Designing a Photographic Memory

Some people are born with photographic memories. Most of us, including myself, are not. Personally I have an especially difficult time with rote memory, which is memorizing something that doesn't follow any particular logical pattern, such as the English spelling of the word corps (pronounced "core"). Like really, who in the hell decided to put that P there?

Anyways if you're like me and worry about what you might forget at the perfectly inopportune time, there's good news: this problem is largely solvable. What I have found is that I don't completely forget the particular information that I need, I just don't have it in focus at the right time.

For example let's say it's Tuesday evening and I check my calendar for the following day. I realize that I have a very short window on Wednesday to eat lunch between different client engagements, so it's important that I have food at the office and don't have to go pick anything up. I go ahead and pack my lunch Tuesday evening, but I worry that come 6:00 the following morning my mind will be focused on consuming caffeine and getting out the door, not on my lunch. Knowing that I drive to work and that (at least today) my car requires a separate physical device known as a key to start, I simply set my keys on top of the lunch that I packed in the refrigerator.

The following day if I make it to my car without remembering my lunch (or keys), seeing my car will trigger - or bring into focus - the memory of putting my keys into the refrigerator the night before. Subsequently that will trigger the obvious questions of why I put my keys into such an odd place, which in turns reminds me that I need take my lunch to work.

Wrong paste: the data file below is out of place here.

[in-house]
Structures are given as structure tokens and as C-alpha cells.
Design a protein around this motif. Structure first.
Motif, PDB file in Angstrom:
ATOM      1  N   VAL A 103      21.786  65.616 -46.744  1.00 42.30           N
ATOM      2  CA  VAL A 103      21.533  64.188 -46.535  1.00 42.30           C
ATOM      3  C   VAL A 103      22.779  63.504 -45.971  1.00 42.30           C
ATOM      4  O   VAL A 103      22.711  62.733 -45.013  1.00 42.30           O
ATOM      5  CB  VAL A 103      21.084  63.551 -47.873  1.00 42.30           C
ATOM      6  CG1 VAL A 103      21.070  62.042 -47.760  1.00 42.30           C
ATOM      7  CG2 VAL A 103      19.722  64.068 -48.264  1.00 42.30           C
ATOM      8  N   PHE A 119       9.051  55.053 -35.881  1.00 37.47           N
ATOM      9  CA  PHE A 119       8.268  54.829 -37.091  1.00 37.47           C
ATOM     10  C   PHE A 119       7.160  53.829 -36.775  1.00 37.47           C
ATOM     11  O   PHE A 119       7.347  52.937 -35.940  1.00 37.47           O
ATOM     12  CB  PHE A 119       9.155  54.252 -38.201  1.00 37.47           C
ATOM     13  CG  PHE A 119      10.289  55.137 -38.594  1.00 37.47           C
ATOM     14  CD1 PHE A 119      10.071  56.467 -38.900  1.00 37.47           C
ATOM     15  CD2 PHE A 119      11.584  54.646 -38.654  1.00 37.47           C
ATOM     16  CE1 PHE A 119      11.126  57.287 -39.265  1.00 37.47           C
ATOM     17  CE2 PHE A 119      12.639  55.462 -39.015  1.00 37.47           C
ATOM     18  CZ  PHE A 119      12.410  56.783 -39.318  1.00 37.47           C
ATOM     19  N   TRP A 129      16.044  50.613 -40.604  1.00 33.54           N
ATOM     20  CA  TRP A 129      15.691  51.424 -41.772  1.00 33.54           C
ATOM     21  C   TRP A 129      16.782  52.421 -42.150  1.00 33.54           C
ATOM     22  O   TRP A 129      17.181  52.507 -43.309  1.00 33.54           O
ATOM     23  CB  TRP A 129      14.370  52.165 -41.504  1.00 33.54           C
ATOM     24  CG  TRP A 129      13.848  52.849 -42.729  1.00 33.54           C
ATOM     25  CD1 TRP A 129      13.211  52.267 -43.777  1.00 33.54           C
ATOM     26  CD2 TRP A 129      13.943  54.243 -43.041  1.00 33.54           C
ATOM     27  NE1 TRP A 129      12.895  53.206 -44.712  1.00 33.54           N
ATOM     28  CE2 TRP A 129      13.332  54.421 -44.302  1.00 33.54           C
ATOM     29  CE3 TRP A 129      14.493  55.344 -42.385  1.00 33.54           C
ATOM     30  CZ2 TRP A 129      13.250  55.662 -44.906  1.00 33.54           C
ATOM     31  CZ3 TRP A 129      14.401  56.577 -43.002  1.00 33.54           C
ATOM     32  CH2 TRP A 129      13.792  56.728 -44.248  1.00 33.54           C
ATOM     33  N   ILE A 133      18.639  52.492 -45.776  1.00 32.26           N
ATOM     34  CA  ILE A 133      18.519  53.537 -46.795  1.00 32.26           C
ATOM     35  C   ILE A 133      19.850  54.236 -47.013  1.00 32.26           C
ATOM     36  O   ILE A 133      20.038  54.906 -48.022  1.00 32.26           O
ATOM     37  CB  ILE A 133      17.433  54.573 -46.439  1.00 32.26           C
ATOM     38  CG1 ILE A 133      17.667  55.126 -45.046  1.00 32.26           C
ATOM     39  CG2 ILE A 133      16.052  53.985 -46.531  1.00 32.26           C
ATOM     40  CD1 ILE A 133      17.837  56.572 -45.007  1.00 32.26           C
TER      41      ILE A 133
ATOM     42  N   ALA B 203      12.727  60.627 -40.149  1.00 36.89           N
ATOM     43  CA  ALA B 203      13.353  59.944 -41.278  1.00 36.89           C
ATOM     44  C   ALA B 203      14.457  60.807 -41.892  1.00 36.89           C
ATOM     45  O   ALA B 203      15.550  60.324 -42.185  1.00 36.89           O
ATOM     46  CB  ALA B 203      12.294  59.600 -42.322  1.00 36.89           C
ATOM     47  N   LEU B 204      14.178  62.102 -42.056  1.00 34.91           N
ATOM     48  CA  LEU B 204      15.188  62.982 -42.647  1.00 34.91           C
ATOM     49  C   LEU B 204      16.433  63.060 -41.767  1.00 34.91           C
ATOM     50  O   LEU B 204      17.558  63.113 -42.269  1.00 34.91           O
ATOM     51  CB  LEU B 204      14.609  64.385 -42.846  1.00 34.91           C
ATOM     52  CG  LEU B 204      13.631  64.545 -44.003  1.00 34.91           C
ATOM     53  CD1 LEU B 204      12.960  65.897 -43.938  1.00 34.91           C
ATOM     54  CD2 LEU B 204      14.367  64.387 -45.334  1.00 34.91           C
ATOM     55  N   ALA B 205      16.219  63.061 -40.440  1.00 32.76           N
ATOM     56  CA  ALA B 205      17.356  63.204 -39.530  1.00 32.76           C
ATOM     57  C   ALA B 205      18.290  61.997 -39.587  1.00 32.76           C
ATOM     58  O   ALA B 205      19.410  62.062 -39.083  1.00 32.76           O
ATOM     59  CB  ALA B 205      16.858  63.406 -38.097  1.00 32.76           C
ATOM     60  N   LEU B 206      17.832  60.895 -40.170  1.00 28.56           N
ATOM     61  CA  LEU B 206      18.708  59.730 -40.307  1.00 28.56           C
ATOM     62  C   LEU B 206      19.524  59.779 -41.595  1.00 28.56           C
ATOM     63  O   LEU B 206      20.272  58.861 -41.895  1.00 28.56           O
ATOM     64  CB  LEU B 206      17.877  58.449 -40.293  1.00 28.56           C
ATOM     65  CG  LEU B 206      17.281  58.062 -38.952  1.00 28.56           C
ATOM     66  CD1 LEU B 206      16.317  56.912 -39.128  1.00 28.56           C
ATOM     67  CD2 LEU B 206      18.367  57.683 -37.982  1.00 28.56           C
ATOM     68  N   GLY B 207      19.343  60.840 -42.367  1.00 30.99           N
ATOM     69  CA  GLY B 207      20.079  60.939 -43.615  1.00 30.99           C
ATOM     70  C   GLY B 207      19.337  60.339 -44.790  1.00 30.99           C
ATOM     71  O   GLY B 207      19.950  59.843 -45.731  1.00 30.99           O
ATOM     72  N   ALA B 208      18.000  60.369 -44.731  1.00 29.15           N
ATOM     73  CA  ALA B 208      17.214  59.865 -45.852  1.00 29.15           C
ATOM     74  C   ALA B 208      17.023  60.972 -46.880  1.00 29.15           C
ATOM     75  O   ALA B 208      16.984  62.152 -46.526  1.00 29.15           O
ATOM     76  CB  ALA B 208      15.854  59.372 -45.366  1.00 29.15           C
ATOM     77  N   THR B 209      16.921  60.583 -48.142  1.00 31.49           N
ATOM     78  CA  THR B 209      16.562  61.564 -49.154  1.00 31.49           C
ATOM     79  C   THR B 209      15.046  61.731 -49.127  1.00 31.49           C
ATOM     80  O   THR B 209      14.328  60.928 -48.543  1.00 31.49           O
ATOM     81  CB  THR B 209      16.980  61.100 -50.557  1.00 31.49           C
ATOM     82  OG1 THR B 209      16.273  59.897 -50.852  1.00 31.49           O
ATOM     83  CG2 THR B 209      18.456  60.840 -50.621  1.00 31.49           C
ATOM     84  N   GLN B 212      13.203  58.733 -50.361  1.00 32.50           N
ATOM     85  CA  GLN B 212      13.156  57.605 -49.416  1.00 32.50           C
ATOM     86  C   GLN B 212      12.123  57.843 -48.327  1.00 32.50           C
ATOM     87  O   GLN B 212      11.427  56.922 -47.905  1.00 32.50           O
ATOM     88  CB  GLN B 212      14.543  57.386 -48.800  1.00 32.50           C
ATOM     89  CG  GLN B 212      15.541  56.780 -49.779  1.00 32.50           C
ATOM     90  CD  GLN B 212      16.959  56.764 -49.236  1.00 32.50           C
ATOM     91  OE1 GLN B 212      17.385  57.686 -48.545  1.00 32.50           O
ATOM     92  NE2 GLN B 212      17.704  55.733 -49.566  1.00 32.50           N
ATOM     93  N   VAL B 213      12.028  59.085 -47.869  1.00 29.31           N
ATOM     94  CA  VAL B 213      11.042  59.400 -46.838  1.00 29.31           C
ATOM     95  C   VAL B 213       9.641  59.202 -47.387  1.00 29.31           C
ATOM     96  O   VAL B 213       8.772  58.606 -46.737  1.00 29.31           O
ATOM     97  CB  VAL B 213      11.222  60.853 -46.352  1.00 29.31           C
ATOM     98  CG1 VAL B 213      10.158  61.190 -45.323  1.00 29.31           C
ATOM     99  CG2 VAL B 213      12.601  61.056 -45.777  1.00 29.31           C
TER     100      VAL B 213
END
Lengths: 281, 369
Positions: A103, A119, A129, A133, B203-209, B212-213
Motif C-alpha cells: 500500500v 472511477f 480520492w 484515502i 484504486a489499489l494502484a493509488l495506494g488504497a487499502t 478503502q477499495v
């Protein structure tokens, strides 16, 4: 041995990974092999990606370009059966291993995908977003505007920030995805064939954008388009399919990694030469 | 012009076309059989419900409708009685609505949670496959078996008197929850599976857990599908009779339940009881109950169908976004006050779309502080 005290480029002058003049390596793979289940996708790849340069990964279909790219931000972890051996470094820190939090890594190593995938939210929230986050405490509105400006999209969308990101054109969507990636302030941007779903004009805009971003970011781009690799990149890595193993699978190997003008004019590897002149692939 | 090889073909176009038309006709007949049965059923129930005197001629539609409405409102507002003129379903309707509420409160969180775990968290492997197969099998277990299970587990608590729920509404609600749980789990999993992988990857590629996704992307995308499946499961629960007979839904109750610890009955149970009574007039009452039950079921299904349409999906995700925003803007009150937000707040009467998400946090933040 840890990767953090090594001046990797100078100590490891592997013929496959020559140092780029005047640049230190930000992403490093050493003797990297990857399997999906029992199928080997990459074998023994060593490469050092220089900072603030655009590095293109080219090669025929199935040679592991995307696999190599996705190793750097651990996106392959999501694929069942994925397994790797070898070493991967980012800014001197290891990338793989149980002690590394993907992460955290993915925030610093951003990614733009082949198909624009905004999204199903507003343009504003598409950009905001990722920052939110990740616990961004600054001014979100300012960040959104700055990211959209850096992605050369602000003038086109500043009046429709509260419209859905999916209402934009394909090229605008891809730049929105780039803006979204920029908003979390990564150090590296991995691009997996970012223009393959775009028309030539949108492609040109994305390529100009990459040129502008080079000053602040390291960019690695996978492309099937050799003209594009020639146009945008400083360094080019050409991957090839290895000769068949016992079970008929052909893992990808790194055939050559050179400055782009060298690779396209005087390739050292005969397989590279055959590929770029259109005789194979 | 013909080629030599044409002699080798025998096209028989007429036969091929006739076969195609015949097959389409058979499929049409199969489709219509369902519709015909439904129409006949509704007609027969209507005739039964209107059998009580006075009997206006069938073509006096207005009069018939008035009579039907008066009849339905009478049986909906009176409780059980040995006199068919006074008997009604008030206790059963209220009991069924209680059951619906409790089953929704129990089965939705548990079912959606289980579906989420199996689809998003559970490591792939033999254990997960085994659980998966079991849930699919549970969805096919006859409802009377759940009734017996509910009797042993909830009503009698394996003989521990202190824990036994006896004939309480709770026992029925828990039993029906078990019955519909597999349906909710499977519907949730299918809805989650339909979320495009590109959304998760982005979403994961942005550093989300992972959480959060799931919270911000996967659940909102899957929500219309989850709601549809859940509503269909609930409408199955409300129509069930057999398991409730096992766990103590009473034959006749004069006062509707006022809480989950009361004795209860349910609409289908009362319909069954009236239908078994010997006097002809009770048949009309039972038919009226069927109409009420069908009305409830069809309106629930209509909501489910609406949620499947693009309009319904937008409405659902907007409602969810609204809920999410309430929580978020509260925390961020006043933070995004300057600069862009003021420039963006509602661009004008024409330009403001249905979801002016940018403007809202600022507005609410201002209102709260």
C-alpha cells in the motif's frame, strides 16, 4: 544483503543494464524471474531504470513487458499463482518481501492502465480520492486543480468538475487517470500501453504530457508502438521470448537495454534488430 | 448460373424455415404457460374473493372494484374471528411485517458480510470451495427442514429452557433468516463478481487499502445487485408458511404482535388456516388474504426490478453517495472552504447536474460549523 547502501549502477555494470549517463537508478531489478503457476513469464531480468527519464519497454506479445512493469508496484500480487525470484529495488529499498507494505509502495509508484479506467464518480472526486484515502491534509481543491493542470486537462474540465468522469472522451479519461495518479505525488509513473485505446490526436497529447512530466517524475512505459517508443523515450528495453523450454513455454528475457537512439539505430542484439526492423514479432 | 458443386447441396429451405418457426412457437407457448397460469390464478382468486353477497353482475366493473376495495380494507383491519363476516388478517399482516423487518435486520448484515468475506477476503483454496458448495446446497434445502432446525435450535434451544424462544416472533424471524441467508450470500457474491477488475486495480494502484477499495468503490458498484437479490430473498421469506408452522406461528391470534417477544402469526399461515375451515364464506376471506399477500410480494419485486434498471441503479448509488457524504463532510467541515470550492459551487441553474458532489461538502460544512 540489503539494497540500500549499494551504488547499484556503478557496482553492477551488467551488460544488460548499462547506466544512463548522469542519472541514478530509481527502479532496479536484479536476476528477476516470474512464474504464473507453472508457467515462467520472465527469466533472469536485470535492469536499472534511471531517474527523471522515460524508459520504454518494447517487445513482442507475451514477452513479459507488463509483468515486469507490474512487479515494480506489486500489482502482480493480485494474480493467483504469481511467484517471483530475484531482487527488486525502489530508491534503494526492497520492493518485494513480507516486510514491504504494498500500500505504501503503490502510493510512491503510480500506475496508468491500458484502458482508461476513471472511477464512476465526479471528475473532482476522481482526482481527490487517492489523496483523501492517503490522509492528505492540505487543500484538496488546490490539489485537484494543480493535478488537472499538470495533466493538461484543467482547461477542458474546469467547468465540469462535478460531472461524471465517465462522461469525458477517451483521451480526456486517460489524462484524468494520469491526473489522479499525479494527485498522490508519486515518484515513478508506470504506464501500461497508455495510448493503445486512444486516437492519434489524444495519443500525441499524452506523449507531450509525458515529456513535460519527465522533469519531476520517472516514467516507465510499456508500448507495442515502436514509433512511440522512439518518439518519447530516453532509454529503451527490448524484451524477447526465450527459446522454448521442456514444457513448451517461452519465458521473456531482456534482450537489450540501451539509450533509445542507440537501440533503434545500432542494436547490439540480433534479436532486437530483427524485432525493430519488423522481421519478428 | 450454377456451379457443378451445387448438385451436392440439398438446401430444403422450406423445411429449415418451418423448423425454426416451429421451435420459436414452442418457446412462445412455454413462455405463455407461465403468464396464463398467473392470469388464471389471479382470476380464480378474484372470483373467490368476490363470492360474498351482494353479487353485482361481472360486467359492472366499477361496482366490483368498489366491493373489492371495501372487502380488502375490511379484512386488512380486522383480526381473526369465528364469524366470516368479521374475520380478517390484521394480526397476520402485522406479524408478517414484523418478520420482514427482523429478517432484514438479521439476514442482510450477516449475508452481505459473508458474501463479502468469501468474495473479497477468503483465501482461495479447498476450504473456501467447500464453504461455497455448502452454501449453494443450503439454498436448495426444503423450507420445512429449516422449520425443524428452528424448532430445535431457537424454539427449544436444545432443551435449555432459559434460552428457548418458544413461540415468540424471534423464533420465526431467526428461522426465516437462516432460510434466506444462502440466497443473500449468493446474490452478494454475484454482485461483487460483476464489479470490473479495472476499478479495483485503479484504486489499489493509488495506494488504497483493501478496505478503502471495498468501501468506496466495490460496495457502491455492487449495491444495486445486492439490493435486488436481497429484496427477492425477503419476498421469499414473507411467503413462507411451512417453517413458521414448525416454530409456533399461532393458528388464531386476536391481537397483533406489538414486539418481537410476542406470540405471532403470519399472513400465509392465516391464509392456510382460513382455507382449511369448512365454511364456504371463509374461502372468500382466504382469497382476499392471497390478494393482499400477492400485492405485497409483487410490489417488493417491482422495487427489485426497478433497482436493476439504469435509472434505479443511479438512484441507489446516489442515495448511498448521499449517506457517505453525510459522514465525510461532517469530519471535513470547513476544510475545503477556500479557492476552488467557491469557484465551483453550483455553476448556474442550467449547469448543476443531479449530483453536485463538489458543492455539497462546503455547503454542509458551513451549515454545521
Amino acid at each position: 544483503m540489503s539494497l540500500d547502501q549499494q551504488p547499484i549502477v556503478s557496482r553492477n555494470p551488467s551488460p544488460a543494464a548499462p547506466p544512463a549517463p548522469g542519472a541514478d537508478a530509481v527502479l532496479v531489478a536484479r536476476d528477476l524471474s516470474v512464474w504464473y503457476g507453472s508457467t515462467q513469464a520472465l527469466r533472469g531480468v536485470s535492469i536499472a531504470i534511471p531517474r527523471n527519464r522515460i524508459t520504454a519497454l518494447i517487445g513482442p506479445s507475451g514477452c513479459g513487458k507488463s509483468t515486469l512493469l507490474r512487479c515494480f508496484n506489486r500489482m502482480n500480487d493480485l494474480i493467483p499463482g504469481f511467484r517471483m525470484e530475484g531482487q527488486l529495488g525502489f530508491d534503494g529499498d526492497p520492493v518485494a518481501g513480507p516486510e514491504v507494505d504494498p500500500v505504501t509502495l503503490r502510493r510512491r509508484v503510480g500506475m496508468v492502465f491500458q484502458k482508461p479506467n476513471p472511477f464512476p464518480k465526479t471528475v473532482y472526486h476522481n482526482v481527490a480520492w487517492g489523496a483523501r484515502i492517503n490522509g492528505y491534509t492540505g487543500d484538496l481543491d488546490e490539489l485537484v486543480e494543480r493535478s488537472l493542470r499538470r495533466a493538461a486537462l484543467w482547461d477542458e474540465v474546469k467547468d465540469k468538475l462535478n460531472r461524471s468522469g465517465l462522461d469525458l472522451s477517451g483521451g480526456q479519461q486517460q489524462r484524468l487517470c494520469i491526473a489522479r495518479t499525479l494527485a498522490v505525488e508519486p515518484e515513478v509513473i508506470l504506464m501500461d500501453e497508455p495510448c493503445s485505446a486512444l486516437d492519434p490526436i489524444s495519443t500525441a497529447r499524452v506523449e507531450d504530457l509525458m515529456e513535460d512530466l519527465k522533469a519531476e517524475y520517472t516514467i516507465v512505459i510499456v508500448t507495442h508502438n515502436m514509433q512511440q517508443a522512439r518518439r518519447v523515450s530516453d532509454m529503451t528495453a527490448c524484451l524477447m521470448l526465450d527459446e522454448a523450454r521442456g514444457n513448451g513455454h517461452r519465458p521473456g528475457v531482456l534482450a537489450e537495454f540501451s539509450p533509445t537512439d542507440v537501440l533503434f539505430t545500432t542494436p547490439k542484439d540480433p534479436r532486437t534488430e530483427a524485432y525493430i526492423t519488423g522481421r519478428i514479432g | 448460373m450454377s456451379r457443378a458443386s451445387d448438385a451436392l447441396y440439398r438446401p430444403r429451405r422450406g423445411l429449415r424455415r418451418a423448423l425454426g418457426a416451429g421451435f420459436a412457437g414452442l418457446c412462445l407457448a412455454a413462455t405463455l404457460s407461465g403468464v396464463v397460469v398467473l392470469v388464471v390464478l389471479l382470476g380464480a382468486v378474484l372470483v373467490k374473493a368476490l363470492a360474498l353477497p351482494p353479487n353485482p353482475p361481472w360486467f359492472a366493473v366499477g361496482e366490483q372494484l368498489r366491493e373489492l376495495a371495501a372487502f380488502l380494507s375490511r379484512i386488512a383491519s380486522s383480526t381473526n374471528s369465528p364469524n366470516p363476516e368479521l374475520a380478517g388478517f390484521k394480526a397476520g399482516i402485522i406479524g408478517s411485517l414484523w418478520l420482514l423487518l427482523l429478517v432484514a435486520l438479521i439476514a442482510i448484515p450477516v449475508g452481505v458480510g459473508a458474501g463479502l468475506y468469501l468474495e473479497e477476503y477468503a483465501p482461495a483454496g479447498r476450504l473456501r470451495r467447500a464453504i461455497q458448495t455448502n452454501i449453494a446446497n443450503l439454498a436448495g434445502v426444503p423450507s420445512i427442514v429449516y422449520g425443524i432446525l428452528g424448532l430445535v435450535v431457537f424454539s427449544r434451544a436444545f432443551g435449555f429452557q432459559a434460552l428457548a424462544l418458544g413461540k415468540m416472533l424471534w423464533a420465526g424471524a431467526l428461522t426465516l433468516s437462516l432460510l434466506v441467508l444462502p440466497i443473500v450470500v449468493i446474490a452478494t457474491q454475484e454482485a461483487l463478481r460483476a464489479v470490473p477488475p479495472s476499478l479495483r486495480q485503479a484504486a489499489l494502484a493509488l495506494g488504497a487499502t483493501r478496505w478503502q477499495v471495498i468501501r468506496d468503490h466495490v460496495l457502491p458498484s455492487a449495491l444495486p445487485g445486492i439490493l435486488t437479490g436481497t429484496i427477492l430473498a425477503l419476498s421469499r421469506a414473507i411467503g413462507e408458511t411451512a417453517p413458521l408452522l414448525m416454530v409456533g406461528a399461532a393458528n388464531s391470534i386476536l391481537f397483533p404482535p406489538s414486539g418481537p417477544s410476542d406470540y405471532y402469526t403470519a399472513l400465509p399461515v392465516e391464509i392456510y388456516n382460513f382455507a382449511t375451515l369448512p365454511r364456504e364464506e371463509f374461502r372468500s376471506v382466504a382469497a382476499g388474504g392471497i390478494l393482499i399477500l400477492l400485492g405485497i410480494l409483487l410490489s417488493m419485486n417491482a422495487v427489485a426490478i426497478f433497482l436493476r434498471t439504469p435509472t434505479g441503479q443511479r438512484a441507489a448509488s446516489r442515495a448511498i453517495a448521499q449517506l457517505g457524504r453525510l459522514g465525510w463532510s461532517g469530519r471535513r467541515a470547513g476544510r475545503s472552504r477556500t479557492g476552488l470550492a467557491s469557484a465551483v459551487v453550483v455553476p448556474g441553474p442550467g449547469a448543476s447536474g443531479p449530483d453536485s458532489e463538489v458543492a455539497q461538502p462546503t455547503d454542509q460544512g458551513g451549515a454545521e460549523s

The core of this concept is simple but very powerful: it only takes a tiny piece of information to awaken a flood of thoughts. Think about how seeing an old picture often brings out a myriad of memories.

When you are worried you are going to forget something, design a memory trigger for yourself while the idea is fresh on your mind. There is no reason to take the risk of having an important thought not be in focus at the right time, so design around it.

There are almost infinite ways to incorporate this idea into daily life. Here are a few other examples from my life:

  • I keep a running grocery list on my phone. When I reach for a paper towel to find none I quickly add paper towels to my grocery list, though I may not actually go shopping for a week.
  • Similarly I keep a running list of blog ideas because topics to write about often come to me sporadically during any number of activities except sitting down to write. 
  • I typically capture some sort of note, just a few words, when adding new contacts to my phone. Three years from now if we haven't spoken but suddenly cross paths I can easily remember the context around meeting this person and why I added them to my phone.
  • I capture information about my workouts (primarily the strength training aspect) on my phone so that the following week I can progress from the appropriate spot.
  • After starting a load of laundry (which takes place in my garage) I put the laundry basket back inside in front of my bathroom door so that an hour or two later when I get up to use the restroom, I'm reminded to finish the laundry.
Each of these actions and their effects may seem relatively small, but by getting into the habit of continuously creating memory triggers you can really minimize the risk of forgetting the things that matter to you most. 

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